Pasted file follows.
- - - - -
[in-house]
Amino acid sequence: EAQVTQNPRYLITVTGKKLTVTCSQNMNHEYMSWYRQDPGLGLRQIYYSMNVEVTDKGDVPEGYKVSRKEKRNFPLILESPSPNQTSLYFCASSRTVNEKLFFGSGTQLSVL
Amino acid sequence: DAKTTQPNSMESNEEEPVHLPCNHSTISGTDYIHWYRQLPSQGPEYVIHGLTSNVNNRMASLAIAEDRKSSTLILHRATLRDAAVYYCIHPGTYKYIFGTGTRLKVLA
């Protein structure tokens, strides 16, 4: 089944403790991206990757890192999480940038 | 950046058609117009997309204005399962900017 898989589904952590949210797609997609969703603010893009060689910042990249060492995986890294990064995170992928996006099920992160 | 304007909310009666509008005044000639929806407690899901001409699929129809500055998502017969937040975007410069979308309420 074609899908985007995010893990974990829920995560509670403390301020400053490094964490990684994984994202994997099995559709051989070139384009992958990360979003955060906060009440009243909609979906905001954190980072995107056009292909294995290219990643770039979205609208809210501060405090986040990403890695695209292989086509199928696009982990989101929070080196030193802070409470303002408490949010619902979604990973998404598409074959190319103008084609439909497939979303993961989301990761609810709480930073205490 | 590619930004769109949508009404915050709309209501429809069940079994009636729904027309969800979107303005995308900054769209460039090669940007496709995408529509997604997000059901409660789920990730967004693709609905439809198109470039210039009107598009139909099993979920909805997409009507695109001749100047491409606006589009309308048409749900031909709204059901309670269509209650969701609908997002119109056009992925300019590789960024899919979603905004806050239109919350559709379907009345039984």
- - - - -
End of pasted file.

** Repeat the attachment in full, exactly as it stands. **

[in-house]
Amino acid sequence: EAQVTQNPRYLITVTGKKLTVTCSQNMNHEYMSWYRQDPGLGLRQIYYSMNVEVTDKGDVPEGYKVSRKEKRNFPLILESPSPNQTSLYFCASSRTVNEKLFFGSGTQLSVL
Amino acid sequence: DAKTTQPNSMESNEEEPVHLPCNHSTISGTDYIHWYRQLPSQGPEYVIHGLTSNVNNRMASLAIAEDRKSSTLILHRATLRDAAVYYCIHPGTYKYIFGTGTRLKVLA
């Protein structure tokens, strides 16, 4: 089944403790991206990757890192999480940038 | 950046058609117009997309204005399962900017 898989589904952590949210797609997609969703603010893009060689910042990249060492995986890294990064995170992928996006099920992160 | 304007909310009666509008005044000639929806407690899901001409699929129809500055998502017969937040975007410069979308309420 074609899908985007995010893990974990829920995560509670403390301020400053490094964490990684994984994202994997099995559709051989070139384009992958990360979003955060906060009440009243909609979906905001954190980072995107056009292909294995290219990643770039979205609208809210501060405090986040990403890695695209292989086509199928696009982990989101929070080196030193802070409470303002408490949010619902979604990973998404598409074959190319103008084609439909497939979303993961989301990761609810709480930073205490 | 590619930004769109949508009404915050709309209501429809069940079994009636729904027309969800979107303005995308900054769209460039090669940007496709995408529509997604997000059901409660789920990730967004693709609905439809198109470039210039009107598009139909099993979920909805997409009507695109001749100047491409606006589009309308048409749900031909709204059901309670269509209650969701609908997002119109056009992925300019590789960024899919979603905004806050239109919350559709379907009345039984």